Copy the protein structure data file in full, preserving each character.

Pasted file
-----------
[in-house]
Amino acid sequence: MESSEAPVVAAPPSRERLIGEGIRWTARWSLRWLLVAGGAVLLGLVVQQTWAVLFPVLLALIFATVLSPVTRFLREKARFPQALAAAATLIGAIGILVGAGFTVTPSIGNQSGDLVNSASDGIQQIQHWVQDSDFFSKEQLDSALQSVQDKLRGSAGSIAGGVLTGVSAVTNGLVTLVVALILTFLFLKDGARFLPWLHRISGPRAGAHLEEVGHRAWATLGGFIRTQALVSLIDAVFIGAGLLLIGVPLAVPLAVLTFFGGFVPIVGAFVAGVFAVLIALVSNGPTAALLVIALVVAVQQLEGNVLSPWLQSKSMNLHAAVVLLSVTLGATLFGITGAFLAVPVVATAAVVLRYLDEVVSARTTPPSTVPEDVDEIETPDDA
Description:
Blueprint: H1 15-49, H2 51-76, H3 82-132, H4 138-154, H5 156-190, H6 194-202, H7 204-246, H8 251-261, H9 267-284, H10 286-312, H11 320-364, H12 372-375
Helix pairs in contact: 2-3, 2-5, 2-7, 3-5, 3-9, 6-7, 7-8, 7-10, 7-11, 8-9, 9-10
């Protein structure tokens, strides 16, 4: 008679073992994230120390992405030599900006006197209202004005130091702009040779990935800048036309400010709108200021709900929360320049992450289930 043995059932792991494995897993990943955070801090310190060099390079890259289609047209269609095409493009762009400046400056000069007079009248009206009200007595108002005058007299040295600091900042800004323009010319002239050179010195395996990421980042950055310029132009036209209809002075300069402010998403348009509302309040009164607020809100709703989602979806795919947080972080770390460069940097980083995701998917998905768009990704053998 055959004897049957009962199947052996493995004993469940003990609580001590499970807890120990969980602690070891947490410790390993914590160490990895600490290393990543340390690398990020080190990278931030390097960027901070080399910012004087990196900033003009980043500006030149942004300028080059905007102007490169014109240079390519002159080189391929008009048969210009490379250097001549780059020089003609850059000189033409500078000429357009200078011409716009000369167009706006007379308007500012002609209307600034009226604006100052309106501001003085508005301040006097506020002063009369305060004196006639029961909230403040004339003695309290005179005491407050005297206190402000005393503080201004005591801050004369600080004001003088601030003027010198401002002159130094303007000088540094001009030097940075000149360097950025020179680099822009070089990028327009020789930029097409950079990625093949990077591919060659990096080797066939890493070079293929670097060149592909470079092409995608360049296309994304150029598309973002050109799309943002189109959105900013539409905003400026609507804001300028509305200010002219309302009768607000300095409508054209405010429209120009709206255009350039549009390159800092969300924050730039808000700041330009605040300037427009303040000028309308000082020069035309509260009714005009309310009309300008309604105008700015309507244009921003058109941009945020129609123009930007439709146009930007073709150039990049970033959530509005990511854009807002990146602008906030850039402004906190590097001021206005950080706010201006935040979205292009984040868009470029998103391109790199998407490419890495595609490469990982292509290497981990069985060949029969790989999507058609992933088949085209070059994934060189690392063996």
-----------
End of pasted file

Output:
[in-house]
Amino acid sequence: MESSEAPVVAAPPSRERLIGEGIRWTARWSLRWLLVAGGAVLLGLVVQQTWAVLFPVLLALIFATVLSPVTRFLREKARFPQALAAAATLIGAIGILVGAGFTVTPSIGNQSGDLVNSASDGIQQIQHWVQDSDFFSKEQLDSALQSVQDKLRGSAGSIAGGVLTGVSAVTNGLVTLVVALILTFLFLKDGARFLPWLHRISGPRAGAHLEEVGHRAWATLGGFIRTQALVSLIDAVFIGAGLLLIGVPLAVPLAVLTFFGGFVPIVGAFVAGVFAVLIALVSNGPTAALLVIALVVAVQQLEGNVLSPWLQSKSMNLHAAVVLLSVTLGATLFGITGAFLAVPVVATAAVVLRYLDEVVSARTTPPSTVPEDVDEIETPDDA
Description:
Blueprint: H1 15-49, H2 51-76, H3 82-132, H4 138-154, H5 156-190, H6 194-202, H7 204-246, H8 251-261, H9 267-284, H10 286-312, H11 320-364, H12 372-375
Helix pairs in contact: 2-3, 2-5, 2-7, 3-5, 3-9, 6-7, 7-8, 7-10, 7-11, 8-9, 9-10
């Protein structure tokens, strides 16, 4: 008679073992994230120390992405030599900006006197209202004005130091702009040779990935800048036309400010709108200021709900929360320049992450289930 043995059932792991494995897993990943955070801090310190060099390079890259289609047209269609095409493009762009400046400056000069007079009248009206009200007595108002005058007299040295600091900042800004323009010319002239050179010195395996990421980042950055310029132009036209209809002075300069402010998403348009509302309040009164607020809100709703989602979806795919947080972080770390460069940097980083995701998917998905768009990704053998 055959004897049957009962199947052996493995004993469940003990609580001590499970807890120990969980602690070891947490410790390993914590160490990895600490290393990543340390690398990020080190990278931030390097960027901070080399910012004087990196900033003009980043500006030149942004300028080059905007102007490169014109240079390519002159080189391929008009048969210009490379250097001549780059020089003609850059000189033409500078000429357009200078011409716009000369167009706006007379308007500012002609209307600034009226604006100052309106501001003085508005301040006097506020002063009369305060004196006639029961909230403040004339003695309290005179005491407050005297206190402000005393503080201004005591801050004369600080004001003088601030003027010198401002002159130094303007000088540094001009030097940075000149360097950025020179680099822009070089990028327009020789930029097409950079990625093949990077591919060659990096080797066939890493070079293929670097060149592909470079092409995608360049296309994304150029598309973002050109799309943002189109959105900013539409905003400026609507804001300028509305200010002219309302009768607000300095409508054209405010429209120009709206255009350039549009390159800092969300924050730039808000700041330009605040300037427009303040000028309308000082020069035309509260009714005009309310009309300008309604105008700015309507244009921003058109941009945020129609123009930007439709146009930007073709150039990049970033959530509005990511854009807002990146602008906030850039402004906190590097001021206005950080706010201006935040979205292009984040868009470029998103391109790199998407490419890495595609490469990982292509290497981990069985060949029969790989999507058609992933088949085209070059994934060189690392063996």